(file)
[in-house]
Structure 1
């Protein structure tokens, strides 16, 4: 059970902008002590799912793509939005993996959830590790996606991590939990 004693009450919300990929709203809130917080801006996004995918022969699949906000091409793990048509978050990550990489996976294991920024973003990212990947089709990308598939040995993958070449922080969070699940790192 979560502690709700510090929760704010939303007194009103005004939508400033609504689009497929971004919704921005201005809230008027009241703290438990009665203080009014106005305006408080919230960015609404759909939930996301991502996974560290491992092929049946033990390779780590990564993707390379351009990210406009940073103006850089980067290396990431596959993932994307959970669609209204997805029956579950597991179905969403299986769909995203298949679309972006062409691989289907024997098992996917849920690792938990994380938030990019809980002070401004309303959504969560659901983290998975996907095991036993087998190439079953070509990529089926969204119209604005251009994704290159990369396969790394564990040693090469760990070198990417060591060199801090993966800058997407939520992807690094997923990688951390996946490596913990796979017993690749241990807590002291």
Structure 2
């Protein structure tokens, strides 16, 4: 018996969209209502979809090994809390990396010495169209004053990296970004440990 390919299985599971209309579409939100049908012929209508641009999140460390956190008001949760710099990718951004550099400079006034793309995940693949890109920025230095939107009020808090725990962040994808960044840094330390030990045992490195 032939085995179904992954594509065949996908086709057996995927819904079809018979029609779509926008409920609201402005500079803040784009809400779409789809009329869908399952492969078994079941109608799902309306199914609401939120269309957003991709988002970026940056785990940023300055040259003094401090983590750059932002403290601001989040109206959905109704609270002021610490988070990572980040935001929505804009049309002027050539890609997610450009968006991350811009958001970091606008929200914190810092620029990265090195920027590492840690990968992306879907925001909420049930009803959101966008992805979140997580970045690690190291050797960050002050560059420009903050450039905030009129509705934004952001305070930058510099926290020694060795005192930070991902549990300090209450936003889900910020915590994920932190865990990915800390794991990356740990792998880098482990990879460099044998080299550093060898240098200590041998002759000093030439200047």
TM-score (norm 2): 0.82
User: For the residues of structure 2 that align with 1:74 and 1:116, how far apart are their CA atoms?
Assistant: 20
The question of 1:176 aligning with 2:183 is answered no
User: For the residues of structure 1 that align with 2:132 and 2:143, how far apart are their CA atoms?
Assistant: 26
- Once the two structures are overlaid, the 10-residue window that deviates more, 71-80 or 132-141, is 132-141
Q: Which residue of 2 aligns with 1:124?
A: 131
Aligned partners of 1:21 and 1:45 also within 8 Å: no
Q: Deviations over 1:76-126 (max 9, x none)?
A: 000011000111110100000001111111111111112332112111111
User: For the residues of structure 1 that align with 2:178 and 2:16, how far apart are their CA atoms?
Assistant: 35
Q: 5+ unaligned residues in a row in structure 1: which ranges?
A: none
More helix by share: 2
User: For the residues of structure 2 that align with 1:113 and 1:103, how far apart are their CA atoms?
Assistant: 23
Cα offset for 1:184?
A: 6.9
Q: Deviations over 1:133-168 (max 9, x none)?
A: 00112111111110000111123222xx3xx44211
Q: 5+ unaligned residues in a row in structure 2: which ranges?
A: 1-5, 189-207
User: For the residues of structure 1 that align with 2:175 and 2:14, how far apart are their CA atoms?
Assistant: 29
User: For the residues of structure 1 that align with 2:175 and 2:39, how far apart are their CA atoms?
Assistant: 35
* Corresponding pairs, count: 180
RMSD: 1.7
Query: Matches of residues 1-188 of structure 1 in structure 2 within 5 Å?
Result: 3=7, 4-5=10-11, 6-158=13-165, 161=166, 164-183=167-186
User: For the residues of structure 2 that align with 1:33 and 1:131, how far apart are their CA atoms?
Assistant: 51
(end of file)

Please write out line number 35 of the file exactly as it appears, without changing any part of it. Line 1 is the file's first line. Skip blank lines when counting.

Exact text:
* Corresponding pairs, count: 180